Israel Must Rethink its Relationship with Moscow, Re-Evaluate Military Aid to Ukraine: Israeli Defence Experts

By Arie Egozi

Foreign Affairs

Tel Aviv: Israel has to re-evaluate its policy concerning military aid to Ukraine. This is the growing understanding among Israeli defence experts. The political, economic, and security relations between Moscow and Tehran have tightened in recent months, and the bilateral ties are expected to deepen even further.

According to a research published in the website of the Israeli Institute for National Security Studies (INSS), Russian dependence on Iran has deepened over the past few months, reflected in a variety of developments in security, foreign policy, and economic realms, in which Moscow increased its support for Iranian interests.

“Tightened relations, and especially Iranian assistance to Russia in the framework of Moscow’s campaign in Ukraine, indicate that the cooperation between the two countries is not just tactical; rather, it reflects a strategic decision by both sides. This development not only directly impacts Iranian force build-up and increases the potential threat that Tehran poses to Israel; it may also lead to Russian attempts to limit Israeli freedom of action in Syria. Israel must therefore rethink its relationship with Moscow,” writes Danny Citrinowiicz, a research fellow in the Iran program of the institute.

According to the researcher, over the past few months, strategic ties between Russia and Iran have continued to deepen, primarily though the massive assistance Iran has given Russia in its campaign in Ukraine. This assistance is manifested in the dispatch of Iranian UAVs to Russia, after adapting them to Russian war needs; there is even a plan underway to build a drone factory in Russia able to manufacture at least 6,000 drones of various models in the coming years. In addition, it appears that Iran began to send Russia massive quantities of mortars (300,000), shells (around one million), and a variety of weapons; it is also possible that Iran will supply Russia with its locally manufactured ballistic missiles.

“Alongside Iran’s continued assistance to Russia, in the past few weeks Moscow has increased its own military aid to Iran, as part of the deepening bilateral ties. In this context it was reported that Iran purchased Sukhoi SU-35 fighter planes from Russia, and that the first three planes have already arrived in Iran. The report states that Iran is preparing an underground base ahead of the arrival of the planes and that they represent the “payment” for the drones supplied to Russia,” according to the published research.

The researcher says that the close ties between Iran and Russia will likely deepen the challenge Israel faces relating to freedom of action in Syria. In the past, it appeared that it was convenient for Russia that Israel attacked the Iranian presence in Syria, so long as Russian soldiers and interests were not harmed.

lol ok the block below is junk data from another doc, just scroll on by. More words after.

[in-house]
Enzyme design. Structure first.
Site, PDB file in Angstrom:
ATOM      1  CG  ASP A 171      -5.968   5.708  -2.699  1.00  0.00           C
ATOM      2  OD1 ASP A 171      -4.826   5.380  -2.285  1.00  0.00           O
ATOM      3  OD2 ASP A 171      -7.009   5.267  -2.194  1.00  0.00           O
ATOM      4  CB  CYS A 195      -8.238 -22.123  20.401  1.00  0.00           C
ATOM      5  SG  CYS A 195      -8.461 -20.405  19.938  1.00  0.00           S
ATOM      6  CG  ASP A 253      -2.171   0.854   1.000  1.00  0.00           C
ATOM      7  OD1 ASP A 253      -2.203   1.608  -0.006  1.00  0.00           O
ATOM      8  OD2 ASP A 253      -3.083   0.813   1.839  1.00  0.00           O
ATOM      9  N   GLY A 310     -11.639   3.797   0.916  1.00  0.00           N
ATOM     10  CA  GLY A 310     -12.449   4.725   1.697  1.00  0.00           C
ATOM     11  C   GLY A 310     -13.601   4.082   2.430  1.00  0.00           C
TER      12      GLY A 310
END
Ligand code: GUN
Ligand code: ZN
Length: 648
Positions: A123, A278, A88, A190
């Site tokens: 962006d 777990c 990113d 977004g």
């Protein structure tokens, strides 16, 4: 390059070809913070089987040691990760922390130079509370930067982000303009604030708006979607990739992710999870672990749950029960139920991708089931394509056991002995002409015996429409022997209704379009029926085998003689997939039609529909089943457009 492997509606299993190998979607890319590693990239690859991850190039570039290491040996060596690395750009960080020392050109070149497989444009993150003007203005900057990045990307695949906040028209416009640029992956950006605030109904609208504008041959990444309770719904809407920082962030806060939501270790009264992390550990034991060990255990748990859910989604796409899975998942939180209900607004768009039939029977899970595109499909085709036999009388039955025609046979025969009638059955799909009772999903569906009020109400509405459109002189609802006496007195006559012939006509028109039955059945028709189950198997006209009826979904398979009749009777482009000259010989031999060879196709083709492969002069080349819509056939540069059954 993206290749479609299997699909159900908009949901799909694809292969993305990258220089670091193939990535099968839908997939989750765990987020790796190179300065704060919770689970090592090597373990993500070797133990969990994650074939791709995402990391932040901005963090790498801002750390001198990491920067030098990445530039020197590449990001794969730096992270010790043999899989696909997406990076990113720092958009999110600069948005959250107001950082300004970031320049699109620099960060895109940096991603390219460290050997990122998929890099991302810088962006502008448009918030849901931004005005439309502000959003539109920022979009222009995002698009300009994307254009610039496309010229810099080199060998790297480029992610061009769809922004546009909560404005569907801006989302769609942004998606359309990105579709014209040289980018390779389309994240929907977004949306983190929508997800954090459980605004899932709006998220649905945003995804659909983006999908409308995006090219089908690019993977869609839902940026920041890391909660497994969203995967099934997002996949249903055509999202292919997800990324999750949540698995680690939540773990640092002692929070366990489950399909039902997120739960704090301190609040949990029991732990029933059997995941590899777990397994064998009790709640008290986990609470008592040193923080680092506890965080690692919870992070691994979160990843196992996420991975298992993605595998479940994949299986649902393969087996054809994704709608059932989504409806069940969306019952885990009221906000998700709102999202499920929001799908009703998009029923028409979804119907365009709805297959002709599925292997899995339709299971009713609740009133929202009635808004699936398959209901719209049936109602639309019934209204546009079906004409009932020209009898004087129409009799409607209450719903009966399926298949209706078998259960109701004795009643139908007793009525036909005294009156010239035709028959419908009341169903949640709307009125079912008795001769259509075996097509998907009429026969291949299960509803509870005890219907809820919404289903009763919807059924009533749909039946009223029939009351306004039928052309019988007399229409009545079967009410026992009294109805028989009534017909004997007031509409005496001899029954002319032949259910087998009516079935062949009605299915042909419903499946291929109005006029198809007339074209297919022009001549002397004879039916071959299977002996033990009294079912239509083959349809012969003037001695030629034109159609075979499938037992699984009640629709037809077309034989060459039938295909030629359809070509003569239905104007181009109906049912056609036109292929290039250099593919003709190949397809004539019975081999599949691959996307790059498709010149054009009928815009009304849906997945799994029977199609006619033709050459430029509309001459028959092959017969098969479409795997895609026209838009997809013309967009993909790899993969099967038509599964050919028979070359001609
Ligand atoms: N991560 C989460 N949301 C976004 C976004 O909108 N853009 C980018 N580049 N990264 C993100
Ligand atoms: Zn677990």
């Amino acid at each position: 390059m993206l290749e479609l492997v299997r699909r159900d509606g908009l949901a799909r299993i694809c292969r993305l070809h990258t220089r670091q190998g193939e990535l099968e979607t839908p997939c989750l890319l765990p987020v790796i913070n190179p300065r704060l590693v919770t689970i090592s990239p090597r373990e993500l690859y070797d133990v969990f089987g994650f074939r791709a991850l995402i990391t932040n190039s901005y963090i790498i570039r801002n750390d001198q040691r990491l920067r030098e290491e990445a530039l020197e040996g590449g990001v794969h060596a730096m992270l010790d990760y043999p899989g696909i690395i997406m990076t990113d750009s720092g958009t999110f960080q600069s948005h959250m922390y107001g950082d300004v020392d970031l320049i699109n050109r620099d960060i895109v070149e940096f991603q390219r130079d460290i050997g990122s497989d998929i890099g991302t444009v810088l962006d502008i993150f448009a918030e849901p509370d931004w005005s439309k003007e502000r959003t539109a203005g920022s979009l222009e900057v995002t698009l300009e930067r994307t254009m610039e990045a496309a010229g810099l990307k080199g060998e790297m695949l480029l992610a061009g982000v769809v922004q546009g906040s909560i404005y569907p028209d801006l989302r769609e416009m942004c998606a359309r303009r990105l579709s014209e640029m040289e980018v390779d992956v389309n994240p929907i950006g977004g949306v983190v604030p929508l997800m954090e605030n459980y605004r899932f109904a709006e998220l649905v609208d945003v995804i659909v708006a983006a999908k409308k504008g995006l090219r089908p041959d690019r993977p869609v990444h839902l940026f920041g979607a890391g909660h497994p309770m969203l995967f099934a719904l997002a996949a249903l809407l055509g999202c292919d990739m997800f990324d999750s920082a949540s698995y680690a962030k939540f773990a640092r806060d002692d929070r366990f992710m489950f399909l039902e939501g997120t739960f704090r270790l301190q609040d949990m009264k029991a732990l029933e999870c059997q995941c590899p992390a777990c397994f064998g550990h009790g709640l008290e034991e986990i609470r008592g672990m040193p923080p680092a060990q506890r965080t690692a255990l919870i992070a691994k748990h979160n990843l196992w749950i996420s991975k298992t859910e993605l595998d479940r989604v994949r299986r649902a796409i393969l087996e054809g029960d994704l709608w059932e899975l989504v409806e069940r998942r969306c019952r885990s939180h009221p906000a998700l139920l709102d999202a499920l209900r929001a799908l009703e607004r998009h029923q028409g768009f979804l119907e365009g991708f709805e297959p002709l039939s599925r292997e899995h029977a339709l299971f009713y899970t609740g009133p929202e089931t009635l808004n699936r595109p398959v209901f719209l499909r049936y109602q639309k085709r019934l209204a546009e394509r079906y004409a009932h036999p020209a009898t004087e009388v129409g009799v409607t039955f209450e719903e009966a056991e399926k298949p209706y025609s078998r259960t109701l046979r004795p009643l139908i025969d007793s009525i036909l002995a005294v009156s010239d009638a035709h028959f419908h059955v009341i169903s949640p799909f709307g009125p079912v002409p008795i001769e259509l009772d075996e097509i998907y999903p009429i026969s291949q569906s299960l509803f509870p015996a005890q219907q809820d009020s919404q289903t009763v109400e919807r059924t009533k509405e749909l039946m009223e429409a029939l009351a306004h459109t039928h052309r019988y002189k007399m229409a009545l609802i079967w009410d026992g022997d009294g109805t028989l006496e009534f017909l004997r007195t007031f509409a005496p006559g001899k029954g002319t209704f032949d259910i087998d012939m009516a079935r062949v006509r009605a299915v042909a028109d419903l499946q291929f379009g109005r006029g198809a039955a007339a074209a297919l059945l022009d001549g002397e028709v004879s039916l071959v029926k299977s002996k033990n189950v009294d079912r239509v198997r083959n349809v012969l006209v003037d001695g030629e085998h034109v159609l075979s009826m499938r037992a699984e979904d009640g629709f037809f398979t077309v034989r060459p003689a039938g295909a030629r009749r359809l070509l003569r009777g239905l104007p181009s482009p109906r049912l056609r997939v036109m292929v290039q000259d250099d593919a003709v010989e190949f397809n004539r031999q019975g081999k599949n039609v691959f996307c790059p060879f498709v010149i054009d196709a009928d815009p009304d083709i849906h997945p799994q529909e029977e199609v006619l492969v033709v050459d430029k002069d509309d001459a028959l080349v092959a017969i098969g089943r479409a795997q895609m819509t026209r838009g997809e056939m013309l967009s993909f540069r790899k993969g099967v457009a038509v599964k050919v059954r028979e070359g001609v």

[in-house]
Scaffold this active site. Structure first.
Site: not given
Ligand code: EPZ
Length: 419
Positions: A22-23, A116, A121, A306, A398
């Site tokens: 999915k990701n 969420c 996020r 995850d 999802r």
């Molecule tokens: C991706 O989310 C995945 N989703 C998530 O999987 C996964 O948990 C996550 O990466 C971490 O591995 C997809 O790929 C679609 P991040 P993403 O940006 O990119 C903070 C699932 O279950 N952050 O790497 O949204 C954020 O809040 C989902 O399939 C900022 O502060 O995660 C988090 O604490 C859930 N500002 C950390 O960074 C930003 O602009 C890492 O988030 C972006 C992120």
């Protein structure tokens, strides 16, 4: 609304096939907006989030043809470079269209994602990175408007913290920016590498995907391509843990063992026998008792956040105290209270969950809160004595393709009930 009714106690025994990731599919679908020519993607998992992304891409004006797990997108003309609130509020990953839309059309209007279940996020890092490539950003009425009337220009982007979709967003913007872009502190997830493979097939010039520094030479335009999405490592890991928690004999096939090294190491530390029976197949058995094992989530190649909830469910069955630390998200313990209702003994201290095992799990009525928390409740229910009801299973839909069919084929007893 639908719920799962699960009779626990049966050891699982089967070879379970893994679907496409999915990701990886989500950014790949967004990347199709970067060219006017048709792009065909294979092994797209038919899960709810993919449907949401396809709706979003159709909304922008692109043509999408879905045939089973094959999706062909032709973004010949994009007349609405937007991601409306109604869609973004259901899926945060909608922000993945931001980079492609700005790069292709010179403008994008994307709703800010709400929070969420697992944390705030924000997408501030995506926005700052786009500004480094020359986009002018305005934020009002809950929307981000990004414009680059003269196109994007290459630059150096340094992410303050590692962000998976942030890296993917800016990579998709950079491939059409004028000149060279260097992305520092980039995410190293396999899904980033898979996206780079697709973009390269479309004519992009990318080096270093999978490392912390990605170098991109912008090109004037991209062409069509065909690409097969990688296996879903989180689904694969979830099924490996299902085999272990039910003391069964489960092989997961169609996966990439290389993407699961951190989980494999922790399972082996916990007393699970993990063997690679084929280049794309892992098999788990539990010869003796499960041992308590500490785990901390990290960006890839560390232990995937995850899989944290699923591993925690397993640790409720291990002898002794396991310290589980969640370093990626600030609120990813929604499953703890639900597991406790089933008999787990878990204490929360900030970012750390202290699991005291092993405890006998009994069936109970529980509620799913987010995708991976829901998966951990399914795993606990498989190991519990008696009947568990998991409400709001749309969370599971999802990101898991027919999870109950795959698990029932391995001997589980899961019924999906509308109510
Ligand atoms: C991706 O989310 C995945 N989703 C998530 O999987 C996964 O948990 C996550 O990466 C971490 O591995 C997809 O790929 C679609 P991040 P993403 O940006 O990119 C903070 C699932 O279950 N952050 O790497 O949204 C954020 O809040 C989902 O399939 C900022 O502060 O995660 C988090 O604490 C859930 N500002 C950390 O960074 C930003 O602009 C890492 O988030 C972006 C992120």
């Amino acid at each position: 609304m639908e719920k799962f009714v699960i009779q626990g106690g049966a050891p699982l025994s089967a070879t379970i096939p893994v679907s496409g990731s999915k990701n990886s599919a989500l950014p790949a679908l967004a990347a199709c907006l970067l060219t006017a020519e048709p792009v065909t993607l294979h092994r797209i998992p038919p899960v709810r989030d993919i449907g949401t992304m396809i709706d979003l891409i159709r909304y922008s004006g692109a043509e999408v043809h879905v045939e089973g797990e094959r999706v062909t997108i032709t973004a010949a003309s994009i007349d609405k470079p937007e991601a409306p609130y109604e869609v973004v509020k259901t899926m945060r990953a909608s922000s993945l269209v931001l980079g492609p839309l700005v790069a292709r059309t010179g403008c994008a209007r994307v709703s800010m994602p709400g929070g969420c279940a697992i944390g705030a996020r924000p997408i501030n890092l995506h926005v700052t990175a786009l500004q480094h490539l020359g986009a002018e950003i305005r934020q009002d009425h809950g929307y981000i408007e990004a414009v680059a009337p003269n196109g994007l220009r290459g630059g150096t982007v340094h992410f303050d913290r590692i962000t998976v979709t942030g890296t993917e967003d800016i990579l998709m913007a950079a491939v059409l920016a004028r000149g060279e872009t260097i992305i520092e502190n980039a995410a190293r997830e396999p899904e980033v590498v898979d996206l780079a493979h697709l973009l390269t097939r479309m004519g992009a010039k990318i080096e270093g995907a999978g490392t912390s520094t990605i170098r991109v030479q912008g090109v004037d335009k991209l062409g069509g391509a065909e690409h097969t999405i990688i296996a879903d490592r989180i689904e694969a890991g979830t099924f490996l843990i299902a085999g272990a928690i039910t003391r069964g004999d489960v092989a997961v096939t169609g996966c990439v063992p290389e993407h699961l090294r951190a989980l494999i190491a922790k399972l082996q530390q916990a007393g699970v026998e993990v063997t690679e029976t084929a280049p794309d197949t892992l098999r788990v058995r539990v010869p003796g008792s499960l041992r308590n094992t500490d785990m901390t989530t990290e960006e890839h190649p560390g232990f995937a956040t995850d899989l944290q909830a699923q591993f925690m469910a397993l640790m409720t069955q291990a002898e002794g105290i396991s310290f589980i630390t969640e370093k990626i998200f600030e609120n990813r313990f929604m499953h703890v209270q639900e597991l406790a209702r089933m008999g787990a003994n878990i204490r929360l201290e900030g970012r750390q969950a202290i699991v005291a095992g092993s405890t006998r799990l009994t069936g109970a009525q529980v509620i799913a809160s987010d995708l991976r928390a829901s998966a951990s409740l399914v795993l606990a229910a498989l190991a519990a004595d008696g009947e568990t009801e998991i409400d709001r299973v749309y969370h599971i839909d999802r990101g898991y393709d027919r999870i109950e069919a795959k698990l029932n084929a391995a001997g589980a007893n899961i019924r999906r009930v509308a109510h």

“Today this is not the case. In spite of the Israeli desire to refrain from steps that “challenge” Russia, the rapprochement between Russia and Iran is likely to harm Israel’s security coordination with Russia in Syria, which allows Israel’s continued “campaign between the wars” activity. That is, in spite of extreme Israeli caution regarding Russia, especially in the Ukrainian context, it seems that Russia’s military convergence with Iran has substantially improved Moscow’s capabilities in a variety of areas, and may lend it a “free hand” for action in Syria,” writes Danny Citrinowiicz.

“Israel must reassess the elements of its ties with Moscow, with an emphasis on Israeli arms exports to Ukraine. Russian conduct proves that whether Israel exports arms to Ukraine or not, Moscow will not change its policy on Iran,” the researcher emphasises.

While there are louder voices in favour of an Israeli change of policy that will allow the sale of advanced weapon systems to Ukraine, there are other more cautious assessments.

Dr Shay Har-Zvi, senior fellow in the Institute for Policy and Strategy, Reichman University in Tel Aviv and former acting Director General, Ministry of Strategic Affairs told Raksha Anirveda that while Israel should express a “loud and clear ” concern from the new relations between Russia and Iran, Jerusalem should continue to present a very cautions policy towards the issue of supplying arms to Ukraine.

“First , while the war in Gaza and Lebanon continues, Israel needs all military hardware for its operations. After the war ends, Jerusalem will have to make a full across the board re-evaluation of its relations with Ukraine,” said Dr Har-Zvi.

The senior analyst added that while Israel will make this re-evaluation, some other factors will have to be on the table like the issue of the control Israel will have on the technologies incorporated in the weapon systems that may be transferred to Ukraine.